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Artwork made by Su-Mei Tse entitled Proposition de détour, 2006, wool carpet, 29 feet 6 inches diameter (9 meters diameter)

Proposition de détour, 2006, wool carpet, 29 feet 6 inches diameter (9 meters diameter)

Walk the Line
By Julia Morton
October 18, 2006

Su-Mei Tse has thrown her socially charged art onto the floor in the form of a rug. Applying the minimalist tradition of using industrial materials, Tse acquired a large wool carpet, had it professionally printed and then cut it into the shape of a maze. The colorful area rug, “Proposition de detour,” measures nine meters (nearly 30 feet) in diameter and is the only object on display in the expansive, white Peter Blum Gallery.

The maze is a copy of an inlayed design found at the 12th century Chartres Cathedral in France. Historians suspect it was used to warn parishioners about the entanglements of sin or as a mini-pilgrimage. The rug’s print is from a 16th century Persian carpet, which features stylized animals, birds and plants found in Persian versions of paradise.

Born to a British mother and Chinese father, Tse is accustomed to bridging cultures. By combining these contrasting visual ideas of salvation, Tse has created a subtle meditation on the complexity of relationships.

Trained as a classical cellist, Tse often incorporates aspects of music in her videos, photographs, sculptures and installations; here, rhythm and movement are made spatial as the viewer becomes her performer.

Mazes are known as “tour puzzles.” The “solver” must walk the route to find its goal, or solution. You can try to follow the narrow path with your eyes, but the tangled course is best explored barefoot. Tse’s maze is unicursal—or a “perfect maze”—without branches or dead ends. Though complex, the concentric circles offer only one solution.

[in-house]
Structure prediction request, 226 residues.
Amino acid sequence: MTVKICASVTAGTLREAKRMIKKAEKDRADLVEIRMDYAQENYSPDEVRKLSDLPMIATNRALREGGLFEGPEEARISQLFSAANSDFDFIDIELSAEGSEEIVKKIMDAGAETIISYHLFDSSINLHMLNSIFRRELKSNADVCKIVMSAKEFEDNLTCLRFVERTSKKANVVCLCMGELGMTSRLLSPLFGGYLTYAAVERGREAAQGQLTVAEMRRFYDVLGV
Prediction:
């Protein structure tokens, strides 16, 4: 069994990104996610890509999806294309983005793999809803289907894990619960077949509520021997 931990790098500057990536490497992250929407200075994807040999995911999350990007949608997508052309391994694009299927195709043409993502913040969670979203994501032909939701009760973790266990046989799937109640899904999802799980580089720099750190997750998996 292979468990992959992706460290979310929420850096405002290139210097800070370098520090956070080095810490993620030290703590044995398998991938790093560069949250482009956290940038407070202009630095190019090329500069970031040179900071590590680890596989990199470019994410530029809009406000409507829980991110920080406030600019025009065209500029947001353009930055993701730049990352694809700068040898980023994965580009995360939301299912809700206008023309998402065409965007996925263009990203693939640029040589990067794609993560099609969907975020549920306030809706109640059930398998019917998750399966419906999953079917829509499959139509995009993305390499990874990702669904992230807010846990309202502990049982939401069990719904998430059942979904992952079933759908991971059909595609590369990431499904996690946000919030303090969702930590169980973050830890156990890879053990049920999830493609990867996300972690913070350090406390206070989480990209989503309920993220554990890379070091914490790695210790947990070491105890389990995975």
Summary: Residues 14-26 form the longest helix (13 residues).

Entering the narrow path, the way may seem obvious and the goal within easy reach. But turn a corner and you suddenly find yourself at the outer edge again. If you follow the path, resisting the cynical temptation to cheat, you’ll have traveled the entire puzzle’s length and width to reach the center.

Tse’s carpeted journey, which starts as a game, becomes a meditation on our willingness to go the distance in order to understand our own goals as well as those of others. In transcending the obvious, Tse leaves us with the idea of lasting personal and cultural value—and not simply another social/political art-rant.

Through Nov. 4. Peter Blum Gallery, 526 W. 29th St. (betw. 10th & 11th Aves.), 212-244-6055.

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